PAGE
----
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Still others were using project trees as an alternative strategy for dealing with relative and absolute labour shortages within the production unit Conway, As a result, the project diversified its technical activities and also the species it made available to the farmers. One of the underlying social objectives of development projects should be to ensure a more equitable access to development resources.

Distribution of the ensuing benefits and the impact of project in this regard should also be analysed. Care must be taken to distinguish between the various groups indigenous people, settlers and migrants, the very poor and those outside the forest who are dependent on its resources, etc.

Project Details

For example, the Forest Protection Committees of West Bengal, India, provide specific villages with preferential rights to certain tracts of degraded forest. The user groups, often composed of both male and female villagers from tribal communities, take on more of the protection and control of harvesting in return for a substantially greater share of the eventual proceeds from the resource. Current sharing arrangements for major forest products are based on an equal division of benefits among members. However, initial sacrifices in the form of income lost in cash and kind are heaviest among disadvantaged groups.

The Forest Department has attempted to compensate by providing employment opportunities while the new production system matures. In addition, the multiple products from the regenerated forests are exploited on a continuing or seasonal basis by women Poffenberger, A decision to restrict access to non-timber forest resources such as food and fodder often has a direct negative impact on woman Social analysis should also specify which benefits are to be sustained once the external assistance ends.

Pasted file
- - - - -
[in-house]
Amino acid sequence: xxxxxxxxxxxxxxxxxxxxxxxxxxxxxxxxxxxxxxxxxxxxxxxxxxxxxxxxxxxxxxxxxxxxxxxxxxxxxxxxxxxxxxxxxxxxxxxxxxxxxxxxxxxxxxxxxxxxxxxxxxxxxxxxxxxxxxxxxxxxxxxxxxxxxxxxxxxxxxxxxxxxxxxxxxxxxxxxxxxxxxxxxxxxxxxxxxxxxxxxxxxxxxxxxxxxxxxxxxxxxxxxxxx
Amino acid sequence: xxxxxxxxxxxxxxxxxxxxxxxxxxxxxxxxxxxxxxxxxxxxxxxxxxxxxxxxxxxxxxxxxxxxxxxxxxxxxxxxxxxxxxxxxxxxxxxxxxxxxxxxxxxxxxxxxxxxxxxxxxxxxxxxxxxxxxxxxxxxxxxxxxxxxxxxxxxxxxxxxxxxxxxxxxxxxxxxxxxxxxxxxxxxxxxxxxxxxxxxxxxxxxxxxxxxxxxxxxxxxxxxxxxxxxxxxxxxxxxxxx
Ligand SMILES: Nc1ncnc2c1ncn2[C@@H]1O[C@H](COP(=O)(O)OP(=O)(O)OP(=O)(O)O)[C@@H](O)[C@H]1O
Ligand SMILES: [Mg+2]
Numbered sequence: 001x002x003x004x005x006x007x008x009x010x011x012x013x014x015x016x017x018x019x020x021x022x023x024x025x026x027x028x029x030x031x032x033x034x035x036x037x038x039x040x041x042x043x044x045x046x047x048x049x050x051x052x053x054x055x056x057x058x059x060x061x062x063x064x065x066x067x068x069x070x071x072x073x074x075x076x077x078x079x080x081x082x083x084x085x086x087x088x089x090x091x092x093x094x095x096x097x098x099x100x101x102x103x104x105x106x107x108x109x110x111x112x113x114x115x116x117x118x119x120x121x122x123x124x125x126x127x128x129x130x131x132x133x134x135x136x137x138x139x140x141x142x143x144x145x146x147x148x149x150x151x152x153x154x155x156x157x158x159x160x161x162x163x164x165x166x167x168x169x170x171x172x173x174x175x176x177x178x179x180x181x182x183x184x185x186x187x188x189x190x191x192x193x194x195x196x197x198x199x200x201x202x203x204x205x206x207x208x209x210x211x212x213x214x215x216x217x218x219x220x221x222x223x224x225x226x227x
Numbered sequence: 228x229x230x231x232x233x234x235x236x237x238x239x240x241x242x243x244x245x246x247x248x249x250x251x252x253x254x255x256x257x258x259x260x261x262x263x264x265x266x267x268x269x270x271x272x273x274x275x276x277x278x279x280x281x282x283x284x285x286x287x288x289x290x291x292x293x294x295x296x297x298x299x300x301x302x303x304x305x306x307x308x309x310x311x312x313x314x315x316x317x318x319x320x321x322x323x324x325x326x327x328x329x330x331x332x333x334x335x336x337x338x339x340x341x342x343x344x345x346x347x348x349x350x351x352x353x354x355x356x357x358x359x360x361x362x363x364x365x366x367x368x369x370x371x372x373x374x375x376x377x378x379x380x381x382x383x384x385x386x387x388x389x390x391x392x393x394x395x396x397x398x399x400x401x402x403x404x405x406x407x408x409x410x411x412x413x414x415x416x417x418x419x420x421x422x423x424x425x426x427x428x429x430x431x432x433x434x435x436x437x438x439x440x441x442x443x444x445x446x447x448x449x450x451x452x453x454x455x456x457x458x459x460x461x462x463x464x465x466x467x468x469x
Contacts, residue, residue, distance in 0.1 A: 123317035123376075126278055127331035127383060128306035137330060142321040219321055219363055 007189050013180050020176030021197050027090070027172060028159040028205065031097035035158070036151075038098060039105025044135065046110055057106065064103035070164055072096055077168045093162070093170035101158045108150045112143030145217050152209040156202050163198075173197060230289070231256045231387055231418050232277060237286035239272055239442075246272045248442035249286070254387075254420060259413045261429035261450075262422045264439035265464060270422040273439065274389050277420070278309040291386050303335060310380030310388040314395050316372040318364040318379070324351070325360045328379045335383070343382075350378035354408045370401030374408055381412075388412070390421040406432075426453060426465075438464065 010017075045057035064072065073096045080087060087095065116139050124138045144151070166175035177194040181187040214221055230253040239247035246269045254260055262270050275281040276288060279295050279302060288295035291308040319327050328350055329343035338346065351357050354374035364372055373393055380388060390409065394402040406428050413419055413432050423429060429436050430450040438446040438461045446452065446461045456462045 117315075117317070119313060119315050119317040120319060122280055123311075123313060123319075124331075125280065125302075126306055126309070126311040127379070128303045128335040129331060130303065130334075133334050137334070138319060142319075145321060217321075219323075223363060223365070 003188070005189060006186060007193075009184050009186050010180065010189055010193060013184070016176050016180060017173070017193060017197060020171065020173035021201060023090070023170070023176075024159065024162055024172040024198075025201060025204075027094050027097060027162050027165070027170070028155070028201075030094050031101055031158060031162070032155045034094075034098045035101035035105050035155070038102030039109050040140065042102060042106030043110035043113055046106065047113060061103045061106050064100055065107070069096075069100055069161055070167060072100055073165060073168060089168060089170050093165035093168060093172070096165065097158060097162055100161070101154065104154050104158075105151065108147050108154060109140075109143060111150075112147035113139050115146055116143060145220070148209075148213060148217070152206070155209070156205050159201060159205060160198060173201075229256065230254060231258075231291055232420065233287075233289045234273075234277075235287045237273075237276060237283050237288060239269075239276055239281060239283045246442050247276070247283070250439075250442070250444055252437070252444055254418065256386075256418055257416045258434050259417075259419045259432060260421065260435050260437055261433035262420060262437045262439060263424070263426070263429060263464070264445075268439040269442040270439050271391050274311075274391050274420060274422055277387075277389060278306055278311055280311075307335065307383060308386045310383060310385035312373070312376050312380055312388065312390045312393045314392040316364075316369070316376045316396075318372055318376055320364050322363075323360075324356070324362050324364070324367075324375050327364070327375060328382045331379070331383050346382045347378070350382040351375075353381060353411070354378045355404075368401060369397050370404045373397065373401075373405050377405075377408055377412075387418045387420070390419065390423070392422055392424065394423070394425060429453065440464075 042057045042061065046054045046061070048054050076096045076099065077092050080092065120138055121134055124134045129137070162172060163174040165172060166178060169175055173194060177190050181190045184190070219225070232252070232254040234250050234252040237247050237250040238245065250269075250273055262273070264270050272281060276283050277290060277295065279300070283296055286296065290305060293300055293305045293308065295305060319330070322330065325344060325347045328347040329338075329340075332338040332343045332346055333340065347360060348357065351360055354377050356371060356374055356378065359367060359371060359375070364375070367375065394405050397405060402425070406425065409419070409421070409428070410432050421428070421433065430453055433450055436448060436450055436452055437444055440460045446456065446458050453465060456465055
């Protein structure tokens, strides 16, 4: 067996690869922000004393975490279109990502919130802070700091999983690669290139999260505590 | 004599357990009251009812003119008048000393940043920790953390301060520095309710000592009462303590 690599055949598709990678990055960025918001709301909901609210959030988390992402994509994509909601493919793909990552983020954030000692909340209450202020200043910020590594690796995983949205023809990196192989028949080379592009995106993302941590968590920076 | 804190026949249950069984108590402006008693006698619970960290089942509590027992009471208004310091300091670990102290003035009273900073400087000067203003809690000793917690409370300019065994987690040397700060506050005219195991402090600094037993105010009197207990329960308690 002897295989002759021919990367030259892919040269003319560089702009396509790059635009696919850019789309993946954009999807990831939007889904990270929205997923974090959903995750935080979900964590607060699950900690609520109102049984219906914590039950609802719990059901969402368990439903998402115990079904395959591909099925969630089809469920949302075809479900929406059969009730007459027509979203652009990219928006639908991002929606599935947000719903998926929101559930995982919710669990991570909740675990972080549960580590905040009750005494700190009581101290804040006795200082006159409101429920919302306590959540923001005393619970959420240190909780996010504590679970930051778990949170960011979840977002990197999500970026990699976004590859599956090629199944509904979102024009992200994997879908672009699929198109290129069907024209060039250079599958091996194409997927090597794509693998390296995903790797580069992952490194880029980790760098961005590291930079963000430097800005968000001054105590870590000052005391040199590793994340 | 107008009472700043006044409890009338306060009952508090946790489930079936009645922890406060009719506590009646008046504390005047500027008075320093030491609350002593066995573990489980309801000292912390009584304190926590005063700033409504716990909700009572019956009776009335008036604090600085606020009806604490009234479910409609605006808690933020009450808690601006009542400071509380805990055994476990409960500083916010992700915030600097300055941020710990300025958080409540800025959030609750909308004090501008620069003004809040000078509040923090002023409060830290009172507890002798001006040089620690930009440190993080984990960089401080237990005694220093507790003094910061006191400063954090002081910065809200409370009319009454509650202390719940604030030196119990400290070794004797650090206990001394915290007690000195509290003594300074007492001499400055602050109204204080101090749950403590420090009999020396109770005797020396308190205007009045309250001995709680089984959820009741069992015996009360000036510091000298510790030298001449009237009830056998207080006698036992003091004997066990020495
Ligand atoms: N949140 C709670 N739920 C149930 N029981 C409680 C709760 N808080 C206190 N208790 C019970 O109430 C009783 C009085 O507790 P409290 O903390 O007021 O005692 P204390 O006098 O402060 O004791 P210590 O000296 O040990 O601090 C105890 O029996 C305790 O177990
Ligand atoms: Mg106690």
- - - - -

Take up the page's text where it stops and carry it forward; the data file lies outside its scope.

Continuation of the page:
This may include all the benefit flows or, more likely, certain specific benefits. Ways in which sustainability is to be achieved should be outlined and the analysis should include information on specific programme measures to provide the necessary economic and political security required for both individuals and institutions to pursue sustainability on their own.

The analysis should also identify the key constraints financial, institutional, economic, environmental, technical, political - to achieving this. During the design of the AOP's second phase, sustainability was a major issue. What could the project do in teens of working toward financial, technical and institutional sustainability?

During the design effort, it became apparent that farmer training and the institutionalization of local demand were the most relevant and important points, given the prevailing political situation in Haiti. In several regions, participants in the first stage of the AOP were already experimenting with the on-farm propagation of trees, but there was a large, unmet demand for seedlings by both new planters and repeaters.

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Why indigenous hunting is essential to forest sustainability

The continued stimulation of this demand for hardwood seed and seedlings and the development of a methodology to satisfy this demand would be the bottom line of sustainability within the project. A final word A superb social analysis, by itself, will change nothing. To ensure that recommendations are taken seriously and acted upon, the analyst must lobby continuously for the concepts being proposed.

The key is to ensure that decision-makers - be they local people, organizations, government officials or donor agency staff - adopt the ideas and recommendations proposed as their own and assume some "ownership" of them. This may well be the case anyway if the analyst has played the role of an honest broker, i. Bibliography Arnold, J. Policy issues related to the role of trees in rural income and welfare security. Conway, F. The decision-making framework for tree-planting in the Agroforestry Outreach Project.

What is sustainable forest management?

Orano, ME, University of Maine. Gow, D. Development anthropology: in quest of a practical vision. Network , 6 2 : National program for agroforestry in Haiti: project paper. National program for agroforestry in Haiti.